Eugene Volokh is discussing the very recent Ninth Circuit decision on the right to bear arms outside the home. See also here and here. Eugene’s comments are well worth reading. Here is one interesting excerpt from the decision.
… with Heller on the books, the Second Amendment’s original meaning is now settled in at least two relevant respects. First, Heller clarifies that the keeping and bearing of arms is, and has always been, an individual right. See, e.g., 554 U.S. at 616. Second, the right is, and has always been, oriented to the end of self-defense.
See, e.g., id. Any contrary interpretation of the right, whether propounded in 1791 or just last week, is error. What that means for our review is that historical interpretations of the right’s scope are of varying probative worth, falling generally into one of three categories ranked here in descending order: (1) authorities that understand bearing arm s for self-defense to be an individual right, (2) authorities that understand bearing arms for a purpose other than self-defense to be an individual right, and (3) authorities that understand bearing arms not to be an individual right at all.
To illustrate, a precedent in the first category that declared a general right to carry guns in public would be a great case for Peruta, while a decision in the same group that confined exercise of the right to the home would do his position much damage. By contrast, those cases in the third category — which, like the dissenting opinions in Heller, espouse the view that one has a right to bear arms only collectively in connection with militia service and not for self-defense within or outside the home — are of no help.
It’s very important to understand what they’re arguing and what they’re not. But first, let me rehearse my view of the Second Amendment.
Recall that I view the Second Amendment as primarily and first of all a restriction on the power of the federal government. It was meant to frame in, or circumscribe the centralized powers. Therefore, it needed only one reason to restrict that power, that reason being stated as concerning the militia. The Second Amendment is not restrictive, it is inclusive. I’ll return to that in a moment.
Later, the Second Amendment was applied to the States through incorporation, and thus it applies to all U.S. citizens regardless of State. However, this should have been superfluous at the time, since most States (Illinois being one exception, having been corrected only recently) recognized the right to bear arms in State Constitutions. It should have been … but it wasn’t because of collectivist designs on control.
God gives me my right to bear arms. Man can and should only recognize and respect that right. I do not have to be a member of the militia to justify my right to own weapons (the Second Amendment gives only one reason that the centralized powers cannot infringe on my rights to bear arms – there are many others). Again I say – and always remember this – God gives me the right to weapons and to use them for self defense.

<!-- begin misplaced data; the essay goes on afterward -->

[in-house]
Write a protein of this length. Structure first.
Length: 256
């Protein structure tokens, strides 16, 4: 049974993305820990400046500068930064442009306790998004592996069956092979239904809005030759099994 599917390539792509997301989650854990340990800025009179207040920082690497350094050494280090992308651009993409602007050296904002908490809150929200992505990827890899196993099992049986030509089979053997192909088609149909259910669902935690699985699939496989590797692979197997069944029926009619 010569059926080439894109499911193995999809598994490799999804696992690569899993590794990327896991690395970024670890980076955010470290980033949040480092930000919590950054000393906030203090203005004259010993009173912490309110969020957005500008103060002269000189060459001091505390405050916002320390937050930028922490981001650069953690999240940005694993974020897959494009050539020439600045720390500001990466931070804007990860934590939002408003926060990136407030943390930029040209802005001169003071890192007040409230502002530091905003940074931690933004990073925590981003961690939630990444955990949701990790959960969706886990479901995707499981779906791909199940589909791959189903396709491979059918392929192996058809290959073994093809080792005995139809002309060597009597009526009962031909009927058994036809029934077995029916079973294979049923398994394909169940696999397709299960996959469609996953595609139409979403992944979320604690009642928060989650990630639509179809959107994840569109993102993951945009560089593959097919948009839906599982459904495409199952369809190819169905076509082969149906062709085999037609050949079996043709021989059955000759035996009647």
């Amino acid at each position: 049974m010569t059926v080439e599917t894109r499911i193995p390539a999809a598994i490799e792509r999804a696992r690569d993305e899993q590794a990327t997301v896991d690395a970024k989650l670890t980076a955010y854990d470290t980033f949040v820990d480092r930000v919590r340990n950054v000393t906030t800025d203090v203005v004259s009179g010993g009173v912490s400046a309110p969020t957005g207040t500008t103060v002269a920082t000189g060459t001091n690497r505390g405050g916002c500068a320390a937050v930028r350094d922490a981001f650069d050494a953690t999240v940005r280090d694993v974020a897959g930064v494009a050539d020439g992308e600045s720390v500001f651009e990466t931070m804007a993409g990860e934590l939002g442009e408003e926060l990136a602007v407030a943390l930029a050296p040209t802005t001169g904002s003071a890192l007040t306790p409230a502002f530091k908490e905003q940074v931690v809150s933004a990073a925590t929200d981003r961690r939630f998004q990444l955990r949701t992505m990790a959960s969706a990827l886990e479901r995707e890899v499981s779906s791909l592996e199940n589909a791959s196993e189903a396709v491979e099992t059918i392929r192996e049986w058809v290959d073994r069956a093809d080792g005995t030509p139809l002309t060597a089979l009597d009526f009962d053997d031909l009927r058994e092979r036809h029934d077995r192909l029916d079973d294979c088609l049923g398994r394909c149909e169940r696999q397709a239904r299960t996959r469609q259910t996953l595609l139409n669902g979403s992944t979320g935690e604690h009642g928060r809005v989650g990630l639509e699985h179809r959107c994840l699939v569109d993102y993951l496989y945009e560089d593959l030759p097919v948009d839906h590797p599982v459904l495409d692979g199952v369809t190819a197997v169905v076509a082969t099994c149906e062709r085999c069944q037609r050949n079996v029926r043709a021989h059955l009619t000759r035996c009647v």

Such notables as my friend Bob Owens have asked the question, loosely paraphrased, if militia membership is required, then what kind of training should we be engaged in?
No, and a thousand times no. Paraplegics, the elderly, shut-ins, and all manner of people who cannot be a member of the militia have just as much of a God-given right to weapons as does a healthy, 19-year old strapping young man ready for service. It does no good to say that we’re all member of the unorganized militia, because my 90 year old grandmother in-law cannot get herself out of bed. It’s a lie and a subterfuge to say otherwise, and it avoids the hard question about the ultimate root of my rights.
Now back to what the Ninth Circuit said. While I am in both categories (i.e., right to bear arms for self defense and also for resistance to tyranny), again, it’s important not to misconstrue their words.
The case before them had nothing to do with the militia or resistance to tyranny. It had to do with the right to bear arms at all times for personal self defense. Thus, decisions, case law, and legal texts that have to do with anything but this are irrelevant to their decision. They lack probative worth in this context.
I think that this is right, and I think that this is generally a good decision. Let me make a careful note that I am not finished reading the decision, and I may stumble upon something outlandish. I’ll point it out if I do.
David Codrea says that he doesn’t cede the decision whether we have a right to bear arms to the Ninth Circuit. Properly so. God gives it to me, and what God gives me, no court can take away. But for the trashy decisions handed down by the Ninth Circuit, this one is surprising and delightful to read (so far). And I do like their focus on the historical context of the constitution rather than on what judges have to say about it from their ivory tower perches today.
For more reading on this subject, see my Christians, The Second Amendment And The Duty Of Self Defense.